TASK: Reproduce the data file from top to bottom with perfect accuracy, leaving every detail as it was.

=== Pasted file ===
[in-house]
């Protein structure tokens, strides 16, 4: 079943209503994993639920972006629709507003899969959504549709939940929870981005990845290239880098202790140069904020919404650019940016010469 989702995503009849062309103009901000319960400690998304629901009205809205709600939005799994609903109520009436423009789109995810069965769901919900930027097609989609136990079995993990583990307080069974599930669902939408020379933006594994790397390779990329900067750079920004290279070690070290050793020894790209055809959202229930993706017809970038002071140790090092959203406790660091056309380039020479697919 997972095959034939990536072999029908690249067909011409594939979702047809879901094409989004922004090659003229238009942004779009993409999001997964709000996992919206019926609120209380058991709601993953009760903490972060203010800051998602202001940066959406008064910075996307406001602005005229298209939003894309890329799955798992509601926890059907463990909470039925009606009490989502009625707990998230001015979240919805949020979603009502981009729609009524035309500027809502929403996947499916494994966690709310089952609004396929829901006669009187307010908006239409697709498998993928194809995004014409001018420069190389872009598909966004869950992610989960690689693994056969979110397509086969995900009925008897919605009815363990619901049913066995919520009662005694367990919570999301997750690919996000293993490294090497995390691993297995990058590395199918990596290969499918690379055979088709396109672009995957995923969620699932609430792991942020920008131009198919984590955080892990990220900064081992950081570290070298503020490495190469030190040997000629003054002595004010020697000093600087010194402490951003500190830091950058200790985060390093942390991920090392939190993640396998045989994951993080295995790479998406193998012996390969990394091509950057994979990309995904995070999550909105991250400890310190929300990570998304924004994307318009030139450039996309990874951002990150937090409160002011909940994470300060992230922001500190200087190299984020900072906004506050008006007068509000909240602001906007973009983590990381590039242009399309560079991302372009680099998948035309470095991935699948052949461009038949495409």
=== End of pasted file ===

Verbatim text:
[in-house]
């Protein structure tokens, strides 16, 4: 079943209503994993639920972006629709507003899969959504549709939940929870981005990845290239880098202790140069904020919404650019940016010469 989702995503009849062309103009901000319960400690998304629901009205809205709600939005799994609903109520009436423009789109995810069965769901919900930027097609989609136990079995993990583990307080069974599930669902939408020379933006594994790397390779990329900067750079920004290279070690070290050793020894790209055809959202229930993706017809970038002071140790090092959203406790660091056309380039020479697919 997972095959034939990536072999029908690249067909011409594939979702047809879901094409989004922004090659003229238009942004779009993409999001997964709000996992919206019926609120209380058991709601993953009760903490972060203010800051998602202001940066959406008064910075996307406001602005005229298209939003894309890329799955798992509601926890059907463990909470039925009606009490989502009625707990998230001015979240919805949020979603009502981009729609009524035309500027809502929403996947499916494994966690709310089952609004396929829901006669009187307010908006239409697709498998993928194809995004014409001018420069190389872009598909966004869950992610989960690689693994056969979110397509086969995900009925008897919605009815363990619901049913066995919520009662005694367990919570999301997750690919996000293993490294090497995390691993297995990058590395199918990596290969499918690379055979088709396109672009995957995923969620699932609430792991942020920008131009198919984590955080892990990220900064081992950081570290070298503020490495190469030190040997000629003054002595004010020697000093600087010194402490951003500190830091950058200790985060390093942390991920090392939190993640396998045989994951993080295995790479998406193998012996390969990394091509950057994979990309995904995070999550909105991250400890310190929300990570998304924004994307318009030139450039996309990874951002990150937090409160002011909940994470300060992230922001500190200087190299984020900072906004506050008006007068509000909240602001906007973009983590990381590039242009399309560079991302372009680099998948035309470095991935699948052949461009038949495409």